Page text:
Dierdre Shea

Posted on 20.05.2009

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is also doing some crazy interesting stuff.

http://dierdreshea.blogspot.com/

I thought I had written some notes on this work, but I guess I was wrong. I do distinctly remember discussing with my roommate (the ever intelligent and awesome K2) that this piece reminds us both of a hummingbird. And while I am sure that is NOT what Dierdre was going for, it is interesting that K2 and I thought the same thing.

That happens often, for the record, but the difference here is that she is not an artist, she’s a writer. A really great writer. We then got into a conversation about Rorschach images and Dierdre’s work.

Not that any of that is really important, it just happened. To discuss Hummingbirds and Rorschach paintings may not be entirely appropriate in this case, because it might come back as being overly condescending if not completely simple-minded.

There is a LOT more going on in this work. And I would love to read an artist statement. I haven’t read every page of her weblog/website, so I am not sure if one exists. It was definitely something I missed at the show. Possibly because I was so excited about the work, I forgot to read it. My bad. But that is neither here nor there.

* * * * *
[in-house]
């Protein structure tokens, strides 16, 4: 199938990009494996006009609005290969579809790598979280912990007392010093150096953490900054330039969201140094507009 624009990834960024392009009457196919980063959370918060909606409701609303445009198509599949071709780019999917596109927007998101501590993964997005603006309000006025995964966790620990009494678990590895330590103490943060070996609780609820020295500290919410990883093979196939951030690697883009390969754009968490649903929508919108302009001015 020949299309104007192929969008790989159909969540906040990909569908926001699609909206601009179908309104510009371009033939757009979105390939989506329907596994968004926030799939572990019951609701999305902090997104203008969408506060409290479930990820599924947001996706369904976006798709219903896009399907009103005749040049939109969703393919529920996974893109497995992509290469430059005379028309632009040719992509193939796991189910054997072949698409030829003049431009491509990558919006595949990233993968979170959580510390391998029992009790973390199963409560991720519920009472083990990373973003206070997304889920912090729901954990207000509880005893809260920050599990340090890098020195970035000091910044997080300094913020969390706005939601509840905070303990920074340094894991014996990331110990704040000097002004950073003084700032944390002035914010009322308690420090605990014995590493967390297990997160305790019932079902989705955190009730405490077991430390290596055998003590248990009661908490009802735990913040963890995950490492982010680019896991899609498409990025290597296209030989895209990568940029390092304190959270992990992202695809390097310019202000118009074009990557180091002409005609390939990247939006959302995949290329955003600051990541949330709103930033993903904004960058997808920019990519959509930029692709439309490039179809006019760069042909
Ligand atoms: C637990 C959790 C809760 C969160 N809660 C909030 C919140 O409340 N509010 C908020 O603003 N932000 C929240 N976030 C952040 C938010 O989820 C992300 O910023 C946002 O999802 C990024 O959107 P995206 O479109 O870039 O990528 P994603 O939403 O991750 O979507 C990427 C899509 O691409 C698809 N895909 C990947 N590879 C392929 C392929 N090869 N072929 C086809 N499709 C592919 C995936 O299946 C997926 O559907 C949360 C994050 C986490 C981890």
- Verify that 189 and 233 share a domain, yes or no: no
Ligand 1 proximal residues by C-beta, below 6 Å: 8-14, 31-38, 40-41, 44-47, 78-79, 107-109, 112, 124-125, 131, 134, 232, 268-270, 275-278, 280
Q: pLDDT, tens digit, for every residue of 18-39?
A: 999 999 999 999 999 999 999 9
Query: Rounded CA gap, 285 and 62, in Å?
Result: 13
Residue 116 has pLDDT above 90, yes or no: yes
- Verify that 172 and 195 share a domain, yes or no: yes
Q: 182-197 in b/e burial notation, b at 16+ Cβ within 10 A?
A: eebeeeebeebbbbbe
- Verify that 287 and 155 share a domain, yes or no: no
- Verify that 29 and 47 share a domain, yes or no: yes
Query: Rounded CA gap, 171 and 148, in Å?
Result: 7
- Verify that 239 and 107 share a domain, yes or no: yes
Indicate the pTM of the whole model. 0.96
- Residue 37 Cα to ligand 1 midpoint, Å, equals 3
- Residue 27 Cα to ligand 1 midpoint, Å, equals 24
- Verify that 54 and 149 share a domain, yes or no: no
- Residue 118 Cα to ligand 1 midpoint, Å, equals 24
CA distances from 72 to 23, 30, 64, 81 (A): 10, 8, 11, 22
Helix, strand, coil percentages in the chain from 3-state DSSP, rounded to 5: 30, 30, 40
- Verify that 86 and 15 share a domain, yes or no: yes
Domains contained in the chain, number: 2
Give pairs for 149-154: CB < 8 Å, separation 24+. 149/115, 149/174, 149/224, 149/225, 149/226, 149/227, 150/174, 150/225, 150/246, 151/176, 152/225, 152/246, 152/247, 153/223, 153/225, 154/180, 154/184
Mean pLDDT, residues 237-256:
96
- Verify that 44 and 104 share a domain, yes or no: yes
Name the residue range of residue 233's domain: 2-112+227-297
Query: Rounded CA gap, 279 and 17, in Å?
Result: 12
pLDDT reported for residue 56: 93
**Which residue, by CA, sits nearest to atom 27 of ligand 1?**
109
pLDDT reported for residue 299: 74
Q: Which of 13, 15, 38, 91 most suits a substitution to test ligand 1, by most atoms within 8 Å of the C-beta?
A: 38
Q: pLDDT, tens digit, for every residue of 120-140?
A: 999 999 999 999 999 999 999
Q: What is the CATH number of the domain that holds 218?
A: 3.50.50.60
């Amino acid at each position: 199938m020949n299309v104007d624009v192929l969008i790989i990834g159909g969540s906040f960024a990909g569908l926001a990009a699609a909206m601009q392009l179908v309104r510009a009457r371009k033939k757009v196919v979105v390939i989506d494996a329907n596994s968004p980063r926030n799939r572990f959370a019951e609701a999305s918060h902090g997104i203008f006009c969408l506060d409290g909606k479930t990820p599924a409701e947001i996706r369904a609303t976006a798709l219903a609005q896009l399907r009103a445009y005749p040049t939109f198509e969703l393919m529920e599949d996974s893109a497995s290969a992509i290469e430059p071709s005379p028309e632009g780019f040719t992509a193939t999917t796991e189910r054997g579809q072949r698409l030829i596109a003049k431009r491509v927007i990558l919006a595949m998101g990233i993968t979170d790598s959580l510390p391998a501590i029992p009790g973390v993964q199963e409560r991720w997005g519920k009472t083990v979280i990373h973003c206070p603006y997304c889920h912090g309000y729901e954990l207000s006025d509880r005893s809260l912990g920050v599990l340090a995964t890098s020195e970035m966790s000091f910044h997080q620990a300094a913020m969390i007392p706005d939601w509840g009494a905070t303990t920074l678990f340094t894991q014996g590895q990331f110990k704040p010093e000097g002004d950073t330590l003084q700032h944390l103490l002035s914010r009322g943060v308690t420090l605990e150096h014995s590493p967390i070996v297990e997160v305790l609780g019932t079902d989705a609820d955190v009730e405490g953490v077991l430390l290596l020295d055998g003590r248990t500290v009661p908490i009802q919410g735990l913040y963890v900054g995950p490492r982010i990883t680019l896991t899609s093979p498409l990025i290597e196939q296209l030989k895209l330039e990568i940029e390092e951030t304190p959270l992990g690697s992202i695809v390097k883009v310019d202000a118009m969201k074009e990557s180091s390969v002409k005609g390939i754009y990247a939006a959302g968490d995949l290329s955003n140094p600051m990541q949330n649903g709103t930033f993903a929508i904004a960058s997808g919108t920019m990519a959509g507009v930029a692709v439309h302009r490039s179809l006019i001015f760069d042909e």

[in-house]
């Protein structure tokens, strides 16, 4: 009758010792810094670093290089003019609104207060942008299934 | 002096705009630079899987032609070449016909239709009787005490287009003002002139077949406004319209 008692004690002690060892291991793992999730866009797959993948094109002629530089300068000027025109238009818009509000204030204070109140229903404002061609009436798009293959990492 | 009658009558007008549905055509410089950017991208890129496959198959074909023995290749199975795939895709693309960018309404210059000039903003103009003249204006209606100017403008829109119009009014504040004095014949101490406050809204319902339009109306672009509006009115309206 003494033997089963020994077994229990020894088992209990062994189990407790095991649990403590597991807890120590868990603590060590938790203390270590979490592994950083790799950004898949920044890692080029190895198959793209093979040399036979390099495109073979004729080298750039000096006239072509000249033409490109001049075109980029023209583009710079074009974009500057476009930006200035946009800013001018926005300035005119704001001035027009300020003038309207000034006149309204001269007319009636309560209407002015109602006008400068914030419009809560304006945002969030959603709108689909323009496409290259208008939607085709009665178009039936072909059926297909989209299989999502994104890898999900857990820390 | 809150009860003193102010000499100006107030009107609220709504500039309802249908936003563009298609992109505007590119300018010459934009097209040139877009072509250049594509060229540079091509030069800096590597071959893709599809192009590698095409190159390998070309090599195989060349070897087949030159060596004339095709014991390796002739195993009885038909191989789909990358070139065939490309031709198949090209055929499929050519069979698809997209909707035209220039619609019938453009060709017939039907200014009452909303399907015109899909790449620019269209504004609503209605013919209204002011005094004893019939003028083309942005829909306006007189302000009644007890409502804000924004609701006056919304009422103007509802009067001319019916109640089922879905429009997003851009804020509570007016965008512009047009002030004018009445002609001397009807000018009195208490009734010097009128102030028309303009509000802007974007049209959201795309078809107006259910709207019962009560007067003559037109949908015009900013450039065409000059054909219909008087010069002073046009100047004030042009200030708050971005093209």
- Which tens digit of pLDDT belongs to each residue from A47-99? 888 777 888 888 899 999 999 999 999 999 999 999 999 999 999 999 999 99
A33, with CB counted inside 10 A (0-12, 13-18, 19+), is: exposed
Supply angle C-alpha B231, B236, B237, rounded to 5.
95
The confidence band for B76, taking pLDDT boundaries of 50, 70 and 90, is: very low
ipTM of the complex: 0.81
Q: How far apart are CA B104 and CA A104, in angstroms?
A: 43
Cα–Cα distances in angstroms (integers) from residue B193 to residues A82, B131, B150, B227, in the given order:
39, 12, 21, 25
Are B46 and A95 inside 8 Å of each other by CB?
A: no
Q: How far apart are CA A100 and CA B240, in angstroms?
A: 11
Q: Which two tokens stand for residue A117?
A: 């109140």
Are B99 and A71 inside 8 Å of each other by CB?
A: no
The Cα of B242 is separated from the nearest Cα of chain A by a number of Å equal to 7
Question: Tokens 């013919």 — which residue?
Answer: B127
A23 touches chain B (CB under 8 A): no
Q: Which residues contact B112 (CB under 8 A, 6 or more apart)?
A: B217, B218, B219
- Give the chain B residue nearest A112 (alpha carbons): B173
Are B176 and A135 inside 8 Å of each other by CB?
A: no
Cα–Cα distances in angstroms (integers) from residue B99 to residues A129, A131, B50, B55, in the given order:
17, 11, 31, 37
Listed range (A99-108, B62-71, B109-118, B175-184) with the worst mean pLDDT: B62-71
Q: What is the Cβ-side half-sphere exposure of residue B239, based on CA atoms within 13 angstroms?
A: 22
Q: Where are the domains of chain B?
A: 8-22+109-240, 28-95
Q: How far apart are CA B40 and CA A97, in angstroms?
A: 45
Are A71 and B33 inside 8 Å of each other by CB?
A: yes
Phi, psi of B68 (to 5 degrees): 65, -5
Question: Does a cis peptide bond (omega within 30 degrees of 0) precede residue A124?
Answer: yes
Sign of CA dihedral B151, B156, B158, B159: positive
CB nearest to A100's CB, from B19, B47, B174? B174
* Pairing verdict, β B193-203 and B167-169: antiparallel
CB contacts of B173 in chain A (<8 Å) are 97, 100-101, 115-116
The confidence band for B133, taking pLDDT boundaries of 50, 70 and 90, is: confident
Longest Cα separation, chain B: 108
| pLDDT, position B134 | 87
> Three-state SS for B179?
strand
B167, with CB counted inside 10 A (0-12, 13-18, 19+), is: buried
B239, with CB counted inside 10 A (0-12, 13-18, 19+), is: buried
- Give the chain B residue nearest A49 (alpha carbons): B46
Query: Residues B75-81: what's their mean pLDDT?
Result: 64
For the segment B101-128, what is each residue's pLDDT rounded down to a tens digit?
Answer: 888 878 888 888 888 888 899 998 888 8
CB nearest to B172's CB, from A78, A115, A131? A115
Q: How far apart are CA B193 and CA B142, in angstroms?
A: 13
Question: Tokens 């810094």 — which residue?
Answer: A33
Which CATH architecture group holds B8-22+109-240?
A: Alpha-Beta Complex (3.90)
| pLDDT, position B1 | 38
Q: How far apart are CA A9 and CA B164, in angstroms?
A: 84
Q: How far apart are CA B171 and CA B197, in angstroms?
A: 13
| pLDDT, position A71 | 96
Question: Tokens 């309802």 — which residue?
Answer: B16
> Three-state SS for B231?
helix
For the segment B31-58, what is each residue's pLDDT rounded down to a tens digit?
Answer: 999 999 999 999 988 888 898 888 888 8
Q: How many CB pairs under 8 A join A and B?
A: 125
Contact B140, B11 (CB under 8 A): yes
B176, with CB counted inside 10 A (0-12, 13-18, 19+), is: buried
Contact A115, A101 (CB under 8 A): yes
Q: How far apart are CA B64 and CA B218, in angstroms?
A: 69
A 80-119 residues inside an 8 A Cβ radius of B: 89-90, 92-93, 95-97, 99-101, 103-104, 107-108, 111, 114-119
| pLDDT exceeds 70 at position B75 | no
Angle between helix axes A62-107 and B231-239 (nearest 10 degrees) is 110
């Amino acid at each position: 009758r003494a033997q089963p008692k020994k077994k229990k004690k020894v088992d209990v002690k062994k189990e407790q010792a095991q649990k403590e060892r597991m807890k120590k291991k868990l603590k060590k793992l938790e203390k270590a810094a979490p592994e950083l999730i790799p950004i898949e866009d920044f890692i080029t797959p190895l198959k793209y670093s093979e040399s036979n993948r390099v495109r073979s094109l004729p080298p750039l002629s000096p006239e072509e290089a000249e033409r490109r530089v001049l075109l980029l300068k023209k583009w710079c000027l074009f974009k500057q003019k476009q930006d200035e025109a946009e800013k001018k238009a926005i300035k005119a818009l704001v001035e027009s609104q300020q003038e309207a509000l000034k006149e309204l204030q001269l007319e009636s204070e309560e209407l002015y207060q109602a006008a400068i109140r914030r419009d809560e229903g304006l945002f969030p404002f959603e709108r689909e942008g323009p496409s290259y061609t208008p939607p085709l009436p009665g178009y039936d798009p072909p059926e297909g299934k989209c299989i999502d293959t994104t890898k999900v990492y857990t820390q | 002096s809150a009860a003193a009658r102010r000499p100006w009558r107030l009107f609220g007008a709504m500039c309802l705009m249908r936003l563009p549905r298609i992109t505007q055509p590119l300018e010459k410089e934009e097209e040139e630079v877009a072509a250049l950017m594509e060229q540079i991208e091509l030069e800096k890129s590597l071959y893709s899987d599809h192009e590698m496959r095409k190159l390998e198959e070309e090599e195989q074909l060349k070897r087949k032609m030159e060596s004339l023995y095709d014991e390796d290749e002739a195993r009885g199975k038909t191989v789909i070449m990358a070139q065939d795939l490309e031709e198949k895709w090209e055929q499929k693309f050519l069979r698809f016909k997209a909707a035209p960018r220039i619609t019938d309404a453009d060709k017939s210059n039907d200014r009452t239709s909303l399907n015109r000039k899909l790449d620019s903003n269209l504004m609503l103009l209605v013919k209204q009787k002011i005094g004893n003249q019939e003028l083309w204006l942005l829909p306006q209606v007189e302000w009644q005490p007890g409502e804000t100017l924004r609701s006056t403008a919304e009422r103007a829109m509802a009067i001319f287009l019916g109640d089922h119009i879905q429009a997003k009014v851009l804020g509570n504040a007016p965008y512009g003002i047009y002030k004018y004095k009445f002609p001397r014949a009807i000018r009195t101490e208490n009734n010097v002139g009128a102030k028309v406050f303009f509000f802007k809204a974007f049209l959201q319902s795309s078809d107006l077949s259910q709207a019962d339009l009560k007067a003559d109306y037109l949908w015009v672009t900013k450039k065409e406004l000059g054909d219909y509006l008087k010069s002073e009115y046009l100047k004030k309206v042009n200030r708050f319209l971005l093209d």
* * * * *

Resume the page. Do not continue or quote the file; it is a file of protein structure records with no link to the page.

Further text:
I’m just going to say this now and get it out of the way so I can get on to talking about her work: Franz Klein. Ok there, I said it.

Now we can move in.

There’s emotion here. And lots of arm work. And reflection. Both literally and figuratively. And the size/format is perfect. Any larger and it would be ‘too Franz Kline’. Any smaller and the work would cease to have the effect on the viewer that it does now. Well played, Dierdre.

The materials are resin, oil, pigment, charcoal. On canvas. They make kind of a dried, cracked combination that can only be seen when you are standing really close to the work. And it’s only in a few spots. In other spots you can spot the oil mixing with everything else, which gives even more motion to these. They are already full of motion. But when you catch a glimpse of the oil from the correct angle, they become amorphous.

I’m not sure if that was intended by the artist, but it’s definitely hypnotic.

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